Unhooked? An unabashed reflection (and rant) on love

The other morning, driving to teach, I caught myself listening with a longing heart to a laughable story on NPR. Welsh farmers who, because of a shortage of eligible women, were “advertising” themselves as possible husbands in hopes to keep their small community going. Women from all over the world were responding! I found myself daydreaming about me and some handsome Welshman eating scones…then snapped back to reality in order to lead a poetry course to 35 carefree college underclassmen. I wanted to tell them, “Look. Don’t ever graduate. Don’t ever assume everything’s going to be as easy and planned out as it is now. And for goodness sake, don’t assume that Meg Ryan movies can happen in real life.” But I decided to talk about the Beats instead.

It’s no secret that young people in America–often faced with too many options or life choices– go through a “quarter life crisis” (just see the whole book series on the subject). I’ve been rethinking my life goals a LOT recently, along with all the assumptions and expectations that go/went with them. I used to believe that every “Anne of green gabels” had her “Gilbert” out there. I used to believe that God knew what was in store for our hearts and protected them. Now, I’m not so sure. Maybe I’ll be singing a different tune in ten years, but for now, I’m content to sit with my multiplying questions.

Over the past few months, I’ve mourned the crumpling of a nearly 4-yr. romance I was sure was God’s calling. When it came down to it, the man I was dating somehow had grown into the *symbol* for a lifelong commitment rather than a man who was actually willing to commit to one. Only after our breakup did I realize just how much of my life I had planned around our future together. But after years of dating, his “I” still became defensive when we talked about becoming a “we.” This may sound harsh, and I don’t (exactly) mean it to be; I know that I played a part in the breakup, as well. But, quite frankly, I am still at a loss. Based on the relationships around me–those of my parents, sister and brother-in-law, grandparents, etc.–I assumed it’s only natural that a serious relationship eventually turns towards a marriage. No so. Not so…What naive world have I been in?!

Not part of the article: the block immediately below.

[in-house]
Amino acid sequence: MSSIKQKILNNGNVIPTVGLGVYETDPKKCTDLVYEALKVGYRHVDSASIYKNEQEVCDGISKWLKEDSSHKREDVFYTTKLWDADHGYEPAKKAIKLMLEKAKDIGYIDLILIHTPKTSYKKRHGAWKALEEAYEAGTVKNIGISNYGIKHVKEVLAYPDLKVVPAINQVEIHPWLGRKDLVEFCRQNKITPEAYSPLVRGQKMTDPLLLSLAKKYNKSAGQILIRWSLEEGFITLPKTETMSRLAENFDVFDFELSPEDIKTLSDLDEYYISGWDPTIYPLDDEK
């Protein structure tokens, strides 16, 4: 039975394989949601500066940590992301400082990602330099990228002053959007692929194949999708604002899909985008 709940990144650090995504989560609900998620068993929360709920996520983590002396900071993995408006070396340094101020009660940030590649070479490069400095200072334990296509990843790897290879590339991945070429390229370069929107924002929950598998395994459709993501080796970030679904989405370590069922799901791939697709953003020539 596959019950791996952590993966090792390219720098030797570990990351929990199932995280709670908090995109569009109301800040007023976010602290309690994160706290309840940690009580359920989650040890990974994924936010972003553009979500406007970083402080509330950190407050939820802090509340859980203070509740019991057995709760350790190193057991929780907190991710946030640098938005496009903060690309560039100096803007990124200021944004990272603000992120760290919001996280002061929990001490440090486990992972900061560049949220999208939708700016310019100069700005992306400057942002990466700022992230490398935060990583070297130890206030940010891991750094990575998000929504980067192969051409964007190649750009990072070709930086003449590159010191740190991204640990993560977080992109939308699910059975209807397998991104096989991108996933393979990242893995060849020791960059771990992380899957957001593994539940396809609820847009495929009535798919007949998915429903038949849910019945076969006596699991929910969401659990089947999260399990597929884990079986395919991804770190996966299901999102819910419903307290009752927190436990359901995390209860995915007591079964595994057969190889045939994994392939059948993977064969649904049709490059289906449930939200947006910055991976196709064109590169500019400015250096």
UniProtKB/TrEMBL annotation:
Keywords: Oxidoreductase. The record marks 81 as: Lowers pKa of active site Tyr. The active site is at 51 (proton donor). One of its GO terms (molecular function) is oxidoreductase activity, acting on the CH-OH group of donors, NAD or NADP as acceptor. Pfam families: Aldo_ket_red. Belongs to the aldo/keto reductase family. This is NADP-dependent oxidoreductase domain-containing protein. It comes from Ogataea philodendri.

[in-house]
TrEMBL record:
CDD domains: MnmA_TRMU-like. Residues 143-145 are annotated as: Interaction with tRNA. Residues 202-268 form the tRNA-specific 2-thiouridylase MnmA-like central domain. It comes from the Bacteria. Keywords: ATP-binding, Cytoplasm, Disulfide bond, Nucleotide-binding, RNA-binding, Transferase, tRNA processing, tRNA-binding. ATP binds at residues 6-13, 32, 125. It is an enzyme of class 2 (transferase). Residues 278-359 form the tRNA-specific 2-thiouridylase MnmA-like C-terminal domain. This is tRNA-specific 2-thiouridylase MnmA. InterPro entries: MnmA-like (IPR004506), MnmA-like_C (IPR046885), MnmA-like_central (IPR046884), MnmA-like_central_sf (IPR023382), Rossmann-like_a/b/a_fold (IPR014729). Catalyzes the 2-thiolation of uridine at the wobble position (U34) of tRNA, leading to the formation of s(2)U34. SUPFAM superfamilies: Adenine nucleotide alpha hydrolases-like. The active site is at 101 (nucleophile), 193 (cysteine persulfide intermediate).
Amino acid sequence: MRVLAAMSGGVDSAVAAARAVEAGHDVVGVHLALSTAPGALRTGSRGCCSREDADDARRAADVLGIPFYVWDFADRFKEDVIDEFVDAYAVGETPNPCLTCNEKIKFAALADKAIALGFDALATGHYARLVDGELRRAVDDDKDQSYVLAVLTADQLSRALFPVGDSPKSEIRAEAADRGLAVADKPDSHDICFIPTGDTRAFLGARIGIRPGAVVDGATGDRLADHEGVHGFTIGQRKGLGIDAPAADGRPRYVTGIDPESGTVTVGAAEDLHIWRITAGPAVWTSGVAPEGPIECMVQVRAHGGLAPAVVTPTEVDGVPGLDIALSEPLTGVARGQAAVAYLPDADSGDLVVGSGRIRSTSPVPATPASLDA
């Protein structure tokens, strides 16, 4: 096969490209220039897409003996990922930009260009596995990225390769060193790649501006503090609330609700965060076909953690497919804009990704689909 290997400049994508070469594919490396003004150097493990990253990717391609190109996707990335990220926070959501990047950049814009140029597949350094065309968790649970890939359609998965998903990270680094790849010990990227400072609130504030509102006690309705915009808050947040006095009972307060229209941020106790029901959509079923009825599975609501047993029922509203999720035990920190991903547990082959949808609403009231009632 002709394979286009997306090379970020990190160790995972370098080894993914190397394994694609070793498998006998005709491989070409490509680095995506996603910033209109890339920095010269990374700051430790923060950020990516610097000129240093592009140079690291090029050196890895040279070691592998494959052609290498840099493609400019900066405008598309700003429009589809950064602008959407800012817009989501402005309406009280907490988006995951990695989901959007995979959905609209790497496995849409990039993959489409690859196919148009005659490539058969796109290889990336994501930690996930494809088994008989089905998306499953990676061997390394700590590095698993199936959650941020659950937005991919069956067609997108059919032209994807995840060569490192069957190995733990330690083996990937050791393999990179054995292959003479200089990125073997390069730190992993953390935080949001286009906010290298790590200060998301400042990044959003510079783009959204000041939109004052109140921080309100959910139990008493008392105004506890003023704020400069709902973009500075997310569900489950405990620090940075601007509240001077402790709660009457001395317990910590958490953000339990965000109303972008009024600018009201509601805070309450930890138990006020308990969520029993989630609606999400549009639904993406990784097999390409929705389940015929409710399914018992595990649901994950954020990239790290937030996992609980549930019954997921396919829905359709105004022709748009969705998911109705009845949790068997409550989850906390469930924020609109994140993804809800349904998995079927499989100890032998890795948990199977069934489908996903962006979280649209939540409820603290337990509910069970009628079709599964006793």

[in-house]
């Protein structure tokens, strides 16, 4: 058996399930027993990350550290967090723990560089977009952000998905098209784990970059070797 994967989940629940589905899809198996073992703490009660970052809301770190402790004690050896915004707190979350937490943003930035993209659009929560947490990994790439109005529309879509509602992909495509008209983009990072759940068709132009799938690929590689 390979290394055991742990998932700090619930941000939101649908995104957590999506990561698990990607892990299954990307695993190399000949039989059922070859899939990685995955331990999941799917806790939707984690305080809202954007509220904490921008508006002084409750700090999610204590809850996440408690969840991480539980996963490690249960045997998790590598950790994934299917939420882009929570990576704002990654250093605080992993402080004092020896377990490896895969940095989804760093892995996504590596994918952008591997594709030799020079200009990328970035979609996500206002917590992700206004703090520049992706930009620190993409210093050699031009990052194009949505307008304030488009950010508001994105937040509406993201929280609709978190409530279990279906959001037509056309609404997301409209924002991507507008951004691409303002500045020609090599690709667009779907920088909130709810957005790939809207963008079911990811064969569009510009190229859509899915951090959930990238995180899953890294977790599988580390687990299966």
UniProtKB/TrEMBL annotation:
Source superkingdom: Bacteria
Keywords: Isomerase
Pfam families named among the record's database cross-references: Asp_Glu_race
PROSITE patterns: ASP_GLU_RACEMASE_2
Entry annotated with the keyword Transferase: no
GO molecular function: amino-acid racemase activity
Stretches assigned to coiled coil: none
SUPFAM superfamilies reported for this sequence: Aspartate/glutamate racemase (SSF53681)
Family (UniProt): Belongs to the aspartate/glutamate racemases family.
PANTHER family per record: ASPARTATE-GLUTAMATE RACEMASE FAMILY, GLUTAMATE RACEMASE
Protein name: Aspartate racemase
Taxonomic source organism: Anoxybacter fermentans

According to many of my coworkers at “the grad school age,” (male and female, Christian and nonChristian), our individualism is way too fragile and important to risk “losing” too soon. How do I know this? Because we seem to feel much more comfortable nowadays waiting until we *have* to commit to anything–in relationships, we tell ourselves we’re holding out for the perfect person and time to change our lives. Sure, the divorce rate in this country doesn’t help, and no–I’m not saying we should all be trying to get a ‘MRS.’ degree (my mom was bummed when I didn’t go to a Menno college for this reason). I just want to know why we seem to be accepting the jist of films like THE LAST KISS and TRUST THE MAN as truth (that we can’t “help” eventually cheating and should therefore avoid real love, that monogomy is not really natural, that the “self” is most important). WHAT?! Let me scream into a pillow, let me open all my car doors and slam them one by one, let me cut off all my hair in an attempt to revisit my teenage, walled-up, Tori Amos-listening self (which I did in that exact order yesterday and now feel much better).